Middle East

Iran: Nuclear talks may go beyond deadline

Foreign Minister Javad Zarif says there remains 'serious differences' despite improvement in draft accord.

Last updated: 15 Jul 2014 16:03
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Javad Zarif with top diplomats from the US, UK, France, Russia, China and Germany in Vienna [Reuters]

Iran's Foreign Minister Mohammad Javad Zarif has said that the nuclear talks may be extended beyond its July 20 deadline after meeting with top diplomats from six world powers.

Zarif said on Tuesday that "serious differences" remained in nuclear talks with the United States, Britain, France, Germany, Russia and China.

But he said that the text of a draft accord on curbing Iran's nuclear programme in exchange for lifting sanctions had been improved significantly recently.

There is "an inclination among (the six powers) that more time may be useful", Zarif told reporters after three days of meetings with US Secretary of State John Kerry.

He added, however, that a decision on prolonging the negotiations had not been taken. There was no immediate comment from the six powers.

Tuesday's talks in the Austrian capital, Vienna, aimed to strike a deal meant to put firm curbs on Tehran's nuclear activities in exchange for an end to sanctions and reaching a long-term agreement.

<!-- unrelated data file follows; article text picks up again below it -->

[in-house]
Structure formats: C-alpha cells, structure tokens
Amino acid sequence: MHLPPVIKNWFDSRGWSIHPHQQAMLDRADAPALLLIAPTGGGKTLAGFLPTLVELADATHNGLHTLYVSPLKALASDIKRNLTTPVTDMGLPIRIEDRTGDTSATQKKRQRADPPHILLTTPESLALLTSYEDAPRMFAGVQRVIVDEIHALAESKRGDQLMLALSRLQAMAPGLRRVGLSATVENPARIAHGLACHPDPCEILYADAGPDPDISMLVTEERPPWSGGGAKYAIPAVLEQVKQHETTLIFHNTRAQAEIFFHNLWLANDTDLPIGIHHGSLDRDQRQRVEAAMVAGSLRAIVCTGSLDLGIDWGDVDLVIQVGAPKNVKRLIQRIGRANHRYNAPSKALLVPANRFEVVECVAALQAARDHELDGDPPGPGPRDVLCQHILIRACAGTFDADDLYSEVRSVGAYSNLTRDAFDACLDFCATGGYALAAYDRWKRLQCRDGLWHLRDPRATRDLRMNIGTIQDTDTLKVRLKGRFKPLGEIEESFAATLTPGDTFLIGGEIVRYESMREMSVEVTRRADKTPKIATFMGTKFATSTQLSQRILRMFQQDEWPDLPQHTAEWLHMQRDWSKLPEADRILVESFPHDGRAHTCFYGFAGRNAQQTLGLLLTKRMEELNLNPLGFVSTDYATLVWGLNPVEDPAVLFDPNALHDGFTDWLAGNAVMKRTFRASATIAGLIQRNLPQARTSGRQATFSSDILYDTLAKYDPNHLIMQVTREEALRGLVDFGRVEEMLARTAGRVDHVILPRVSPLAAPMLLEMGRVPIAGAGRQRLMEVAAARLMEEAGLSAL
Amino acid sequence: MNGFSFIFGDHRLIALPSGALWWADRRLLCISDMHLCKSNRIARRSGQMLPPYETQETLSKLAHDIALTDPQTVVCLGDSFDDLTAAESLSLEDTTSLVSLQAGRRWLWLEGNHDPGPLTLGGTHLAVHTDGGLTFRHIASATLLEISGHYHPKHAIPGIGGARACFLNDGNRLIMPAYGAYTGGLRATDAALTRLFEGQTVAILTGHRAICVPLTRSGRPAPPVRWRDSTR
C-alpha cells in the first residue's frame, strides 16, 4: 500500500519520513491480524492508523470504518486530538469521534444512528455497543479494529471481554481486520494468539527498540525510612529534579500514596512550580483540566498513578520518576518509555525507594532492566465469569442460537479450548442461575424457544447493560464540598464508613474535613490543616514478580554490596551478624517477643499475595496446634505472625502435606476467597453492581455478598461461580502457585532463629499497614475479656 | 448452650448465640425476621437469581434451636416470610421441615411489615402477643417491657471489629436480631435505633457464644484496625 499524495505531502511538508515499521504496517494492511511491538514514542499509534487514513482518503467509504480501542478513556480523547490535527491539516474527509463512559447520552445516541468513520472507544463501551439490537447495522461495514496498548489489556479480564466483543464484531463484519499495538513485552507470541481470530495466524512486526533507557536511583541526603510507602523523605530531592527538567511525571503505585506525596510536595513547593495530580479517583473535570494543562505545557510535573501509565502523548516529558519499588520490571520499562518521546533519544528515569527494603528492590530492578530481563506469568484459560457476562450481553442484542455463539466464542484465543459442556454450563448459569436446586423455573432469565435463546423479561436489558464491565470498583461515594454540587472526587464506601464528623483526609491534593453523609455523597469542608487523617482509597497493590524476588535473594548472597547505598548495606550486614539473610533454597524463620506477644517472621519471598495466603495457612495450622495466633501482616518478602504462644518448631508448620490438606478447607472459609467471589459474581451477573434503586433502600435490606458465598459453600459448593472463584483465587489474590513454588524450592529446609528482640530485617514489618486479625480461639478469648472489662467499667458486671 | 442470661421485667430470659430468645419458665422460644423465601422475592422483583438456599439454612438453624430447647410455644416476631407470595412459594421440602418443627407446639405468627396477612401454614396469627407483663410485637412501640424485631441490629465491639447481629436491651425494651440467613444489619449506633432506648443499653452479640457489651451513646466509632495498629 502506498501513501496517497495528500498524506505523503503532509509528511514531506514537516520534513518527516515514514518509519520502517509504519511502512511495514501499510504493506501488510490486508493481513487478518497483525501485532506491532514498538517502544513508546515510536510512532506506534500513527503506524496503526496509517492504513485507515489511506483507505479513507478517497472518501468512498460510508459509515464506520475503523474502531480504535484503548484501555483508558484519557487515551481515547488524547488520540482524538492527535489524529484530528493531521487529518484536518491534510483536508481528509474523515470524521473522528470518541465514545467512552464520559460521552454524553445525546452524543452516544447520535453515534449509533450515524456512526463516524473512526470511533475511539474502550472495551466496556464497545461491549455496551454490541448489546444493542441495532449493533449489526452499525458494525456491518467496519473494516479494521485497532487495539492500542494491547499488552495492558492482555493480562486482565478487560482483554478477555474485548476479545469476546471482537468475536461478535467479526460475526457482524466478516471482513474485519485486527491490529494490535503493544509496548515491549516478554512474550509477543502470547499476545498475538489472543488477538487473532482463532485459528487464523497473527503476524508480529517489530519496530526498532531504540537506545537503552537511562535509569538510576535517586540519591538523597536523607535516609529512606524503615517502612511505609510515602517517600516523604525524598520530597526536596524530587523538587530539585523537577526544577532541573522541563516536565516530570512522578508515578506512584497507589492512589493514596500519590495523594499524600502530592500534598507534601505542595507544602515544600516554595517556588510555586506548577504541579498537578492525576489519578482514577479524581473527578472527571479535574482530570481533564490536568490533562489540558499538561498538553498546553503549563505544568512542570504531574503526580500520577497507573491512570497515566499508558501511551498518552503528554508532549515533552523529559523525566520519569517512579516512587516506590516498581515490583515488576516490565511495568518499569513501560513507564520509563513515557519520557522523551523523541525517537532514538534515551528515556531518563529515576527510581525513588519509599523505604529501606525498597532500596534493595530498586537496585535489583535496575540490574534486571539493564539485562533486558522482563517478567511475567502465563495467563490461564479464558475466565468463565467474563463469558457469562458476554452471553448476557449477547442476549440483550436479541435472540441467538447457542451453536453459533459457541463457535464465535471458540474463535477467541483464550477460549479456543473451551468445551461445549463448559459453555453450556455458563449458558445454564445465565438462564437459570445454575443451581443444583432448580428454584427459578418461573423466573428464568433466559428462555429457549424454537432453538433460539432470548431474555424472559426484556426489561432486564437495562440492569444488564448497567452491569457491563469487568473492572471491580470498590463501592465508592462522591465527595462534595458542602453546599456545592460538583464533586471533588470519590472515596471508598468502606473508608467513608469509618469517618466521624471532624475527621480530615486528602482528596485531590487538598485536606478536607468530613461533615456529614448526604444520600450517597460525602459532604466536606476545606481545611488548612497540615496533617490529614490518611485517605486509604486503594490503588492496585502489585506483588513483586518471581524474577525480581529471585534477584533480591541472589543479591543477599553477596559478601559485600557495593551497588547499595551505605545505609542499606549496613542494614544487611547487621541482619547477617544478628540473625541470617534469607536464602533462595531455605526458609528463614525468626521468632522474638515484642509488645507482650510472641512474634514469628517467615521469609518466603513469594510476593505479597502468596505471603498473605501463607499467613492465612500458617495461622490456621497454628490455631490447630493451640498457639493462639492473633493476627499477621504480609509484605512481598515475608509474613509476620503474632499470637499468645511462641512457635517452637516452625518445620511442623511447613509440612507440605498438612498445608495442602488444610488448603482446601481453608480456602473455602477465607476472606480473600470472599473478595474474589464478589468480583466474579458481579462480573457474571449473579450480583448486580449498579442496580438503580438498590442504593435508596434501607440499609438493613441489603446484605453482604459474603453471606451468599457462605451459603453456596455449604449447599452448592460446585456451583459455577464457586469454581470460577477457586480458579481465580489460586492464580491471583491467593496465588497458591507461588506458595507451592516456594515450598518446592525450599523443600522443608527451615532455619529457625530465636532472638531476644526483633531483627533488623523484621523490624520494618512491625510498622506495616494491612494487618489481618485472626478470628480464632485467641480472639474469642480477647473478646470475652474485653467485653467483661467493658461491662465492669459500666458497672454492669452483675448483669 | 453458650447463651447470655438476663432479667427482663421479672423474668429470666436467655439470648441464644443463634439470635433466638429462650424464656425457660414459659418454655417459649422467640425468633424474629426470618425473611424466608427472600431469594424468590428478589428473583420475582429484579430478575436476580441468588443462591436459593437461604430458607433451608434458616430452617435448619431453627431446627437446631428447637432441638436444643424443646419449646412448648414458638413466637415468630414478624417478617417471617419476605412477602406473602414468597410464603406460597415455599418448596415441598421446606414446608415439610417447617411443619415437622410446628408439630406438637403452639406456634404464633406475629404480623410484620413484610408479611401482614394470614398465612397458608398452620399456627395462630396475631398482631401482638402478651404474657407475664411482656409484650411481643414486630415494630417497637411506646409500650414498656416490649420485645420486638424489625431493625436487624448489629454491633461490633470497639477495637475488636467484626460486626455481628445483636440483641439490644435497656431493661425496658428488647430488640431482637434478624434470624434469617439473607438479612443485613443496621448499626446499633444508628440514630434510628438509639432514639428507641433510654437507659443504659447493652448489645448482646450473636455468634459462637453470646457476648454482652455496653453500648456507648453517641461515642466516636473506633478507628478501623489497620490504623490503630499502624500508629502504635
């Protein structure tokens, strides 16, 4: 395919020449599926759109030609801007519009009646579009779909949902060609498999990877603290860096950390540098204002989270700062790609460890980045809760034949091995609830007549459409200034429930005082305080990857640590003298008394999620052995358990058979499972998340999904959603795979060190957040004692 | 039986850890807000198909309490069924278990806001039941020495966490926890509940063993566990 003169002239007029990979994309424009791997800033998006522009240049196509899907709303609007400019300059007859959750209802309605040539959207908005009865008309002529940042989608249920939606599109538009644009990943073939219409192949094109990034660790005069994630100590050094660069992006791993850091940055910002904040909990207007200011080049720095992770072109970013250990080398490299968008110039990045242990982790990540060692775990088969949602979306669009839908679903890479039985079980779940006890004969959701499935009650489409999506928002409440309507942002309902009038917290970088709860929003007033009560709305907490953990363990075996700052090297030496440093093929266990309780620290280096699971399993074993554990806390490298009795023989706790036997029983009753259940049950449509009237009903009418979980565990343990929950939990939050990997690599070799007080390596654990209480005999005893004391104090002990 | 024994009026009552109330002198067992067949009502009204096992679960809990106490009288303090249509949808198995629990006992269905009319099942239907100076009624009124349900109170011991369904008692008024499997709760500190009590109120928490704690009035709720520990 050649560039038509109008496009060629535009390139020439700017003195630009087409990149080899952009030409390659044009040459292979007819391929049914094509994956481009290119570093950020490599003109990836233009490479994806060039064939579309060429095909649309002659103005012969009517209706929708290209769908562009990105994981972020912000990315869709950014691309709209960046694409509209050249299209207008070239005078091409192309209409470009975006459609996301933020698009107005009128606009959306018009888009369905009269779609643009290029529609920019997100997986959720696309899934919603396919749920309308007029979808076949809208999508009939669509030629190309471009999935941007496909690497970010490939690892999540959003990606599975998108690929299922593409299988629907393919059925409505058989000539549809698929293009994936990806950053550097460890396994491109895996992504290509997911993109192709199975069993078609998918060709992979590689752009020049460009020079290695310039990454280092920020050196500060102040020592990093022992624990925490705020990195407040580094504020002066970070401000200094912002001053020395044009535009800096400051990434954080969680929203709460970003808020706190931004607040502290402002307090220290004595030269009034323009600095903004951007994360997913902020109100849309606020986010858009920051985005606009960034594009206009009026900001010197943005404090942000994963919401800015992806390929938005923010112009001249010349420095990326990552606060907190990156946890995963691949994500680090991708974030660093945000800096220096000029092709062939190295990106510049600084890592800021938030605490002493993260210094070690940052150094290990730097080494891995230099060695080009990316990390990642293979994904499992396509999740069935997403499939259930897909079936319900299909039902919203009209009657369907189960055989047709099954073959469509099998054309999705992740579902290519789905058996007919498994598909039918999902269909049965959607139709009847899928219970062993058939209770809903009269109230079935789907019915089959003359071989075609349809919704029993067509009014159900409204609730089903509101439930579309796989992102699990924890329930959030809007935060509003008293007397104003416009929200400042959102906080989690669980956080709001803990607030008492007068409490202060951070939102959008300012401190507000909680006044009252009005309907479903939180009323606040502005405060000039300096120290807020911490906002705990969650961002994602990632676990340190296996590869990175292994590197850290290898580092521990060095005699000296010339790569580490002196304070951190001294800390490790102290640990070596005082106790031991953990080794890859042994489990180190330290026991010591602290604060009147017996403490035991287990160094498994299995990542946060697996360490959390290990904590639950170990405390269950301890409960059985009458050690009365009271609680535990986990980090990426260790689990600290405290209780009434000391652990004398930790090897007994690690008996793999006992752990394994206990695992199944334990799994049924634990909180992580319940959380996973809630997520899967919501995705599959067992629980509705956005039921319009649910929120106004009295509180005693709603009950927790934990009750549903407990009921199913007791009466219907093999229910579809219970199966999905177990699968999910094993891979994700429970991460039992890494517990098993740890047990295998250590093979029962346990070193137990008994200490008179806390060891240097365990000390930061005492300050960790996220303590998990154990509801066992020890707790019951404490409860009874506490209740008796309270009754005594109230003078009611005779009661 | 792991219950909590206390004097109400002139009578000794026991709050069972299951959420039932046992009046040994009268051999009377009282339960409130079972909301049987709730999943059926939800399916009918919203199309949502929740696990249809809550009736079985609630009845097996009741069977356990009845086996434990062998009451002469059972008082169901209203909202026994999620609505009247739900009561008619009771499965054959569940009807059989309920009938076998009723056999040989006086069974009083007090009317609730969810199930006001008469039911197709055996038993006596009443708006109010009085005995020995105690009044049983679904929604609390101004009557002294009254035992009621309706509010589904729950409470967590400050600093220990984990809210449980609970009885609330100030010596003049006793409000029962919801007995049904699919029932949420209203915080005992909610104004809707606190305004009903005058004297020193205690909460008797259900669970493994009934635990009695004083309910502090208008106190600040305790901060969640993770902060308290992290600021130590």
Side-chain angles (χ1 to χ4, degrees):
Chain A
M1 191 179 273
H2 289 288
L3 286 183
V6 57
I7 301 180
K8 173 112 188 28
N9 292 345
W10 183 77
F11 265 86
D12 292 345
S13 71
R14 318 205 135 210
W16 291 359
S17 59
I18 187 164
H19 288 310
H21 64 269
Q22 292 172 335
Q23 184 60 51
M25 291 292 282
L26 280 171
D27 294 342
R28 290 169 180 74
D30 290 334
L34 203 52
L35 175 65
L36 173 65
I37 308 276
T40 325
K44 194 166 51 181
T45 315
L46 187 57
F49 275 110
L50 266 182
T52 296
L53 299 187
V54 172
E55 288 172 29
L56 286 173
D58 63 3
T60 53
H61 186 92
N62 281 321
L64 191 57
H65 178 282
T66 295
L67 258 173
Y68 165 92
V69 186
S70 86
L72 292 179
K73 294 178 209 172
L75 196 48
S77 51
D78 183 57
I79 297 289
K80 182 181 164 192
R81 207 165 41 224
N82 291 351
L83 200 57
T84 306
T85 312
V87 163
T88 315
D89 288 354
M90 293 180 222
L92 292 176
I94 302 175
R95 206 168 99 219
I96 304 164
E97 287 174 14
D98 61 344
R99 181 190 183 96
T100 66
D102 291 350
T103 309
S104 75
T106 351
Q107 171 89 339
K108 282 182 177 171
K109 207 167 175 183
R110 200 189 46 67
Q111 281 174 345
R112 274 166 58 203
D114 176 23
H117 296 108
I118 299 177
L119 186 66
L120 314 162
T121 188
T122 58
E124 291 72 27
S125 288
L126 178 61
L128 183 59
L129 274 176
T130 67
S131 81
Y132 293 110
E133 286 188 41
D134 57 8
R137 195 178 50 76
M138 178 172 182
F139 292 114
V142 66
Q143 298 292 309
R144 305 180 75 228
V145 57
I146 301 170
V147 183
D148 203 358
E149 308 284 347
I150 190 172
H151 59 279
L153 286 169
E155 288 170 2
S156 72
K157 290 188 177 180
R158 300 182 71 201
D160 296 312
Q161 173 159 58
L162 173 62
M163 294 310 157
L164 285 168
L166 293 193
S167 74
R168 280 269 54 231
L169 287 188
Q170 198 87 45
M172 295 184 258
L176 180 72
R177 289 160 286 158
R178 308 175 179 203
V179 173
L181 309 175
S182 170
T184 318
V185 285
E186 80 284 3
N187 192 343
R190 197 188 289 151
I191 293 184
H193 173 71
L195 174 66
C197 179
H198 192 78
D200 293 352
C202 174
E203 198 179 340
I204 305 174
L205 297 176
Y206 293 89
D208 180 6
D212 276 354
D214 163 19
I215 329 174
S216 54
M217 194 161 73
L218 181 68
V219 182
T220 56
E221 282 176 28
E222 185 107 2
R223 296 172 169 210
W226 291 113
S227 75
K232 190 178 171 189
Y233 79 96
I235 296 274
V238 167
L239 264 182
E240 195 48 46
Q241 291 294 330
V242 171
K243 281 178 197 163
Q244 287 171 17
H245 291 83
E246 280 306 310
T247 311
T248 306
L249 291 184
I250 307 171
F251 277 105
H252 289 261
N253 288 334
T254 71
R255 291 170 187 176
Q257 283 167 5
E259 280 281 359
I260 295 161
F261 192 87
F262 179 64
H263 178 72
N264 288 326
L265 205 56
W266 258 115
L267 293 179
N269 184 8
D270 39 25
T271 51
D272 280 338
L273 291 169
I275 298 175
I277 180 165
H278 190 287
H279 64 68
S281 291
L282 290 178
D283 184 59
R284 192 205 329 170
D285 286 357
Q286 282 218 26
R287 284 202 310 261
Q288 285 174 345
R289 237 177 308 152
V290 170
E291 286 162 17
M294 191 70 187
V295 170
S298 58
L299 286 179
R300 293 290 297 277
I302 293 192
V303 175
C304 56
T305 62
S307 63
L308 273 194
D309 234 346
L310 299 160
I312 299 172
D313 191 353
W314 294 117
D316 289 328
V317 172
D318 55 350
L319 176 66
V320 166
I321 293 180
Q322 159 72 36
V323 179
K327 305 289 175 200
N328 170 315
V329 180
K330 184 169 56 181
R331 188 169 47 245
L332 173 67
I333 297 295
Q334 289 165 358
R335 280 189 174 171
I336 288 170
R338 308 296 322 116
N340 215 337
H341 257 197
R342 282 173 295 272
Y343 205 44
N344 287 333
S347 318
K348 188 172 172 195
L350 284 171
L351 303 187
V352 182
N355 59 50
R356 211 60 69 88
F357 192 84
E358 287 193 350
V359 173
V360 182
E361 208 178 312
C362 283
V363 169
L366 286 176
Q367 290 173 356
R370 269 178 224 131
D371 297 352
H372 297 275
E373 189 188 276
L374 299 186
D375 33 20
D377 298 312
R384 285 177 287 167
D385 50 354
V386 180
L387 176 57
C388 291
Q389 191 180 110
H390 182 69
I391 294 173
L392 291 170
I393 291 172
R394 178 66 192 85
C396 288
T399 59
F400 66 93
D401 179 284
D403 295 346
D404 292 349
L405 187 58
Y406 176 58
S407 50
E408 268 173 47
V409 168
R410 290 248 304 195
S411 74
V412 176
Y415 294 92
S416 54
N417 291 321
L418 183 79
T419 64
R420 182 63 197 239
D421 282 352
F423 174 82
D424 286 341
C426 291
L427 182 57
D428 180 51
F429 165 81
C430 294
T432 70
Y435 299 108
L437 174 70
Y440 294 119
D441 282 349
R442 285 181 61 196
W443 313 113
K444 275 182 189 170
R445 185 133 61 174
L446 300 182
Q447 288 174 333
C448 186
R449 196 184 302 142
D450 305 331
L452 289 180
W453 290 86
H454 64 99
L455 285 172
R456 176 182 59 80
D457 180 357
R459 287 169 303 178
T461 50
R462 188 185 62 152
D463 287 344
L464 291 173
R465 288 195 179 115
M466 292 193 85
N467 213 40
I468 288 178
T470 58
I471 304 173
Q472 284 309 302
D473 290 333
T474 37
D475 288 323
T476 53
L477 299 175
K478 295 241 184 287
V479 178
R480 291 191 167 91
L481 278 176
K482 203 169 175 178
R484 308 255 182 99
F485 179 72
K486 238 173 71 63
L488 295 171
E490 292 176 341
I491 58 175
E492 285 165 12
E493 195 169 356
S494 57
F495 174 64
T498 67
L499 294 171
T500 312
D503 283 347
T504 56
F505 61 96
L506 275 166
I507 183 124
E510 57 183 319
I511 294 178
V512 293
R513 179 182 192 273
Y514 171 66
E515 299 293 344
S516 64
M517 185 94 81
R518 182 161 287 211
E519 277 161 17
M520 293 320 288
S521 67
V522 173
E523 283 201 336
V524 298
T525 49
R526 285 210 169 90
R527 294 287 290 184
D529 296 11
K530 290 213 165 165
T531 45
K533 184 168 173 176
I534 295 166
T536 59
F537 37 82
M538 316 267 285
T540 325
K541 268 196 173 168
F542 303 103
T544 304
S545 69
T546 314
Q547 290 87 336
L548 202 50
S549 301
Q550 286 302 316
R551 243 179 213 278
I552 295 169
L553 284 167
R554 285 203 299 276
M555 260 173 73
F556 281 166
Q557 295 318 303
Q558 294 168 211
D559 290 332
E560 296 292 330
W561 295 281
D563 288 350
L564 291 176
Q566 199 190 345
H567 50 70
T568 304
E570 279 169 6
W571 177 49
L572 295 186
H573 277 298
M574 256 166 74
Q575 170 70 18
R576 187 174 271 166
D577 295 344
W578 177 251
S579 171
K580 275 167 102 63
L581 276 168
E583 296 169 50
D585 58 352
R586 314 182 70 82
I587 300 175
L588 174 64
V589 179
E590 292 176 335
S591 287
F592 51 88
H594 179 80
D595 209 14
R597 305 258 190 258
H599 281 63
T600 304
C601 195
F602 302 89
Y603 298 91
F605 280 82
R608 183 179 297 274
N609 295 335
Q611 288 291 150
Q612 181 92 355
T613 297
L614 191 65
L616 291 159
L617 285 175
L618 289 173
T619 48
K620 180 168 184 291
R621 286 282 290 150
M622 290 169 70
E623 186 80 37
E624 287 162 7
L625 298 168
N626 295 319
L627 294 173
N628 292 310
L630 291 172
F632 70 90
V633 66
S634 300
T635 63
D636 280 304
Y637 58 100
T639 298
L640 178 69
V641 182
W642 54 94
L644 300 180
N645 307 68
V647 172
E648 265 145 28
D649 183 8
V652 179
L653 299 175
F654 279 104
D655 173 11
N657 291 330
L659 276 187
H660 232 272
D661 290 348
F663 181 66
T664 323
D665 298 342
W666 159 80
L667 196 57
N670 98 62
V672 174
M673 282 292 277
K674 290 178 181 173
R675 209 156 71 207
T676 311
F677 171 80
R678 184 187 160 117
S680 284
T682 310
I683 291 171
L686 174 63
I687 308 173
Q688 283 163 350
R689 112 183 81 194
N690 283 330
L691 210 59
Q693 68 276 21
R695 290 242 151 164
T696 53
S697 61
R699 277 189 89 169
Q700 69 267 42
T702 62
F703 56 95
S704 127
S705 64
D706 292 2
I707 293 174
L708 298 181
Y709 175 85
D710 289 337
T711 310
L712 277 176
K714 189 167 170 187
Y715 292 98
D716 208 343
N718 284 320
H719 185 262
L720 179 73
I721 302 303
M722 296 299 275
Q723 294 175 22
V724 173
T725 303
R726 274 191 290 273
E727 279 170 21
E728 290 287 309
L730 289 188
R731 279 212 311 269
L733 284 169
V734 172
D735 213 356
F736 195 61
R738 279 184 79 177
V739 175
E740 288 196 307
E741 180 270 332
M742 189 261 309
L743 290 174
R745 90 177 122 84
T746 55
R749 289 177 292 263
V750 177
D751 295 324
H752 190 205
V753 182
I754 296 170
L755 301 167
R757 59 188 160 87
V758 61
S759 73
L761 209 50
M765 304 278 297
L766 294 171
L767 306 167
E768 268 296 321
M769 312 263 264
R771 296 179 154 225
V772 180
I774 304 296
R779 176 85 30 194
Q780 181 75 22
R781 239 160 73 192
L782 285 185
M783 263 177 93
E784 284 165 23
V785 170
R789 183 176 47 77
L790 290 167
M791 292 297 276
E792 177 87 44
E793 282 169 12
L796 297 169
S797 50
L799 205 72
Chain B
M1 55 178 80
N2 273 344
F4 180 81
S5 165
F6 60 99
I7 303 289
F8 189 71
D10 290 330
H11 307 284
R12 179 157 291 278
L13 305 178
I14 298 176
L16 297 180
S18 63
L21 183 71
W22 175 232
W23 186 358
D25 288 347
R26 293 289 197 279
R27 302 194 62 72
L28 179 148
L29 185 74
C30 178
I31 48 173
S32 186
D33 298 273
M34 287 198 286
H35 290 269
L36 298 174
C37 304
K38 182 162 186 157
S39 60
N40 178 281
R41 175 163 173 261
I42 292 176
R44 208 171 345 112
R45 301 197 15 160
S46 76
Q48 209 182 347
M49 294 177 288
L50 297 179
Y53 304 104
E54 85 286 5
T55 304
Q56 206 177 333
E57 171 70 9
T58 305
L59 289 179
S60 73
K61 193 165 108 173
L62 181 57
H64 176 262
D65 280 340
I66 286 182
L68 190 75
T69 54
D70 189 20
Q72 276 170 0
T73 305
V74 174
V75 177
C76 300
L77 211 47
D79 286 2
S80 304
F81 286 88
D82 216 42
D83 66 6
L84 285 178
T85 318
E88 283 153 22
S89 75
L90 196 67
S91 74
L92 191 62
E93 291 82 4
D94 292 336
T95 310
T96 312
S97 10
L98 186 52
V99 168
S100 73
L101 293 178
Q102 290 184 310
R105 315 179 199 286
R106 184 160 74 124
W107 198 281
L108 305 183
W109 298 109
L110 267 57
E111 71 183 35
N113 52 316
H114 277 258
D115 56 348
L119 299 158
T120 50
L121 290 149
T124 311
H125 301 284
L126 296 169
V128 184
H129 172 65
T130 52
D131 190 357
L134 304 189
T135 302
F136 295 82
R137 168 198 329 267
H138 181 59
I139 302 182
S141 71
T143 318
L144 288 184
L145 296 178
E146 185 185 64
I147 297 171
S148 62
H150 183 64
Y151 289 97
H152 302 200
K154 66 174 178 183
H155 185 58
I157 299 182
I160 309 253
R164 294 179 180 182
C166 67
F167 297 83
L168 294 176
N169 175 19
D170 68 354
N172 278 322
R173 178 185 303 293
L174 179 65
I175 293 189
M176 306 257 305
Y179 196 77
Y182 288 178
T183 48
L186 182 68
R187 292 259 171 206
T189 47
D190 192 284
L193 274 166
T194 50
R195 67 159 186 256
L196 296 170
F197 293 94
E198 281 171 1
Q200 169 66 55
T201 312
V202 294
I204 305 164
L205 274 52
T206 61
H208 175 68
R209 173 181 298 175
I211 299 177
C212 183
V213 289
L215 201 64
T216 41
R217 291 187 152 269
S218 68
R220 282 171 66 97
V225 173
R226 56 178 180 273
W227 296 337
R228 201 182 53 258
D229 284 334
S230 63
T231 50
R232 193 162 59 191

'Tangible progress'

Kerry said the negotiations would continue until at least Sunday. In the meantime, he said, he would consult with President Barack Obama and the US Congress about the state of the negotiations and the possibility of extending talks past the deadline so negotiations could continue.

"There has been tangible progress on key issues," Kerry told reporters. "However there are very real gaps on other key issues."

"While there is a path forward, Iran needs to choose to take it," said Kerry, adding he believed the two sides can determine "the precise contours of that path".

The main dispute is over Iran's nuclear enrichment programme.

Tehran says it needs to expand enrichment to make reactor fuel but the US fears Tehran could steer the activity toward manufacturing the core of nuclear missiles and could use its present capacity to produce enough weapons-grade uranium, Reuters news agency reported.


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